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Bosch: A History

June 1, 2012

Robert Bosch, the 11th of 12 children, was born to well to do farmers in Southern Germany. His father, who was a farmer and freemason, was uncharacteristically well educated for a farmer. This led to a heightened emphasis of education in the Bosch home during Robert’s early years, propelling Robert to attend Realschule, a secondary technical school, and later apprentice as a precision mechanic. In 1884, at the age of 19 years old Robert Bosch traveled abroad to America to apprentice for Thomas Edison, there he observed the fast pace inventive genius that bubbled forth from the largest cities to the smallest of towns. He noted the American business spirit and left to return back home two years later, determined to replicate what he had seen in his own native Germany. Success followed in 1886 as he opened his own shop in Stuttgart Germany, dubbed the Workshop for Precision Mechanics and Electrical Engineering, the doors opened officially on the 15th of November.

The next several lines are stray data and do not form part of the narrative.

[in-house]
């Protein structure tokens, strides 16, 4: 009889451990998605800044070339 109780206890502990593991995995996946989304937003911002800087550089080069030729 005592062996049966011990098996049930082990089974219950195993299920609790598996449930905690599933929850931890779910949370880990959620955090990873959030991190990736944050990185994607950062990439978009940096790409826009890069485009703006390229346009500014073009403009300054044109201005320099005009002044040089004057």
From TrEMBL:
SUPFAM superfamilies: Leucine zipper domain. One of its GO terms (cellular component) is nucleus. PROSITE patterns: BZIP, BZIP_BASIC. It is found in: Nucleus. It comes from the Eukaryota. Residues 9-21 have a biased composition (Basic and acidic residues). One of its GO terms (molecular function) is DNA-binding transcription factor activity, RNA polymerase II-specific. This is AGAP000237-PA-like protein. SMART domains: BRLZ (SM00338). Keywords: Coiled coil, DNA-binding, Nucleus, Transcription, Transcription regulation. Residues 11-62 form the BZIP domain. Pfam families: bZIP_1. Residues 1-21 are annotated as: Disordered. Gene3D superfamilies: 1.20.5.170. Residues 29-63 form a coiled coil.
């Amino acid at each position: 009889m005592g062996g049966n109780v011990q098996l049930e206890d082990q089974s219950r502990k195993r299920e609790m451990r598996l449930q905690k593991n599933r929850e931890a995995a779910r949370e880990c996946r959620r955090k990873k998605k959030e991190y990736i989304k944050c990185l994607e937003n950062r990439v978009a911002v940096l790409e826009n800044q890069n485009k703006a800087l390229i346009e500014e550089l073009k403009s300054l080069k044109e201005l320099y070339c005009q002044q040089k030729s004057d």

It was In 1887 however, when Robert produced the ground breaking Magneto engine, designed for petrol engines, and later the same year another Magneto engine that featured low voltage for internal combustible engines. Bosch hoped for a warm reception in the United States over his engine innovations, what he got was a lot more! Every country around the world needed these engines, and Bosch became a pioneer in the auto industry forever. The Bosch brand name became a synonym for innovative products, having the reputation for producing needed technology that leaped humankind forward in their pursuits. In 1906 Robert Bosch returned to America and set up his company stateside in New York City. He later created the eight-hour workday for his employees, this was just the first public show that was indicative of his timeless humanistic core values. It is important to note that Mr. Bosch continued to reside in Germany all of his life, and lived through the Nazis regime, he supported the resistance against Hitler and had a hand in saving many victims from persecution and deportation. Robert Bosch continued on to roll out various new creations such as; the very first powered hair clippers, the first viable high voltage spark plug, the Bosch power drill, windscreen wipers, and finally headlights, just to name a few. Robert Bosch stipulated in his last will and testament that his companies earnings should be allocated to charitable causes, he died at the ripe age of 82 years old, on March 12, 1942. The corporate constitution he sketched out for his company is still in use today.






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